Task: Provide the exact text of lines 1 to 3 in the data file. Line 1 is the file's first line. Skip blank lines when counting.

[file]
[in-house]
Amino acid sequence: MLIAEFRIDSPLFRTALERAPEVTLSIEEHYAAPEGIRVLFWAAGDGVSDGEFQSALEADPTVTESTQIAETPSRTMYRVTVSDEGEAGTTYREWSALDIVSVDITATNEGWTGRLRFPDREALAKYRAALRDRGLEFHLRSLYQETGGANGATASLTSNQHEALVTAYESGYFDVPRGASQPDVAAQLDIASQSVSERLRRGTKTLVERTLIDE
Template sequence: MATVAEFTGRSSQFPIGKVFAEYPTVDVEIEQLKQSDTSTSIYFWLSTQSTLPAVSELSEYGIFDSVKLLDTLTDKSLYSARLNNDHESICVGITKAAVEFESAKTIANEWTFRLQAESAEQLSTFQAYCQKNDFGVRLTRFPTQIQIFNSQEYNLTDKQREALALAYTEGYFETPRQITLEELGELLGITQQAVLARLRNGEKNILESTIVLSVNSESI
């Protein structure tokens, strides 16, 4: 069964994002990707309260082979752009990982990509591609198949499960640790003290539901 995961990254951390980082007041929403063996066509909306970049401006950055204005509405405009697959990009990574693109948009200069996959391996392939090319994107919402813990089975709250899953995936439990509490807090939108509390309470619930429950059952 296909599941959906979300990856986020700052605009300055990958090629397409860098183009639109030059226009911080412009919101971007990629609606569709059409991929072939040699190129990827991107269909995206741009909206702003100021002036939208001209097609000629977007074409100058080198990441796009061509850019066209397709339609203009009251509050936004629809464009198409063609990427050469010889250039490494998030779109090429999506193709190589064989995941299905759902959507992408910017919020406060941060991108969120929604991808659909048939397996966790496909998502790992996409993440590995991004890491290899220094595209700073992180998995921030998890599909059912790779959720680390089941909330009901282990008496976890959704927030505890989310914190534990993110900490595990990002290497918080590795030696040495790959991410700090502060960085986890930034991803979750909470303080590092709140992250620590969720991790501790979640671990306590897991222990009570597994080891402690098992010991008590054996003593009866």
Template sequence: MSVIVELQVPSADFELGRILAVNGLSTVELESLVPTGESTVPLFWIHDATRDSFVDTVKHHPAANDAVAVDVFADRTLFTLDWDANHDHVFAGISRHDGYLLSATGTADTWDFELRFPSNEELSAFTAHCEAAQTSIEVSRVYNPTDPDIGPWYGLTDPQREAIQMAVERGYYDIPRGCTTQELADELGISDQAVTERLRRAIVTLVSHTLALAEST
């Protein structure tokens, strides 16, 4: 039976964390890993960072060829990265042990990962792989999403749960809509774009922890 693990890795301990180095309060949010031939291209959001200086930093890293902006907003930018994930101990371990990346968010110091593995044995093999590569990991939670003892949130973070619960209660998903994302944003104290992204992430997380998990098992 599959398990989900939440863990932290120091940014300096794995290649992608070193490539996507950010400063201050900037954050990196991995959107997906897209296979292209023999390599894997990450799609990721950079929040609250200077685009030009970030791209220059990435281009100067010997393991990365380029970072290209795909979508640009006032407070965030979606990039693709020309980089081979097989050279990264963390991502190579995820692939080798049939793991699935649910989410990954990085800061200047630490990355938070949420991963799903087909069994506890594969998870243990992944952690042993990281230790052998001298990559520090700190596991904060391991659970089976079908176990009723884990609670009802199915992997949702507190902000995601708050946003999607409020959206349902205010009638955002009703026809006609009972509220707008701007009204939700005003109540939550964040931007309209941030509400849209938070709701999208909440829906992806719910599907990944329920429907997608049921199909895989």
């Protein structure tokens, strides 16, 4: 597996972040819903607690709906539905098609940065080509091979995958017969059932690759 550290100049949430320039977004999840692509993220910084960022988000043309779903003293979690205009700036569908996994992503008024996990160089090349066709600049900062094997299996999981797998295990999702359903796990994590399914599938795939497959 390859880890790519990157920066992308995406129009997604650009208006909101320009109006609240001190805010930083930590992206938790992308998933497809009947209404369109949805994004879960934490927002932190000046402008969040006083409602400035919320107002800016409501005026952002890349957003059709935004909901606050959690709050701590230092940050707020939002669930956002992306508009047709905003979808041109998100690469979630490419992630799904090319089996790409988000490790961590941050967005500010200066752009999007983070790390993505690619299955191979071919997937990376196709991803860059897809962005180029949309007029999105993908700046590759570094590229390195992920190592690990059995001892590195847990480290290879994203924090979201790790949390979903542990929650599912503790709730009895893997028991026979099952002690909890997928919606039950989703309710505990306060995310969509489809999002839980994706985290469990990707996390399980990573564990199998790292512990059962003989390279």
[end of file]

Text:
[in-house]
Amino acid sequence: MLIAEFRIDSPLFRTALERAPEVTLSIEEHYAAPEGIRVLFWAAGDGVSDGEFQSALEADPTVTESTQIAETPSRTMYRVTVSDEGEAGTTYREWSALDIVSVDITATNEGWTGRLRFPDREALAKYRAALRDRGLEFHLRSLYQETGGANGATASLTSNQHEALVTAYESGYFDVPRGASQPDVAAQLDIASQSVSERLRRGTKTLVERTLIDE
Template sequence: MATVAEFTGRSSQFPIGKVFAEYPTVDVEIEQLKQSDTSTSIYFWLSTQSTLPAVSELSEYGIFDSVKLLDTLTDKSLYSARLNNDHESICVGITKAAVEFESAKTIANEWTFRLQAESAEQLSTFQAYCQKNDFGVRLTRFPTQIQIFNSQEYNLTDKQREALALAYTEGYFETPRQITLEELGELLGITQQAVLARLRNGEKNILESTIVLSVNSESI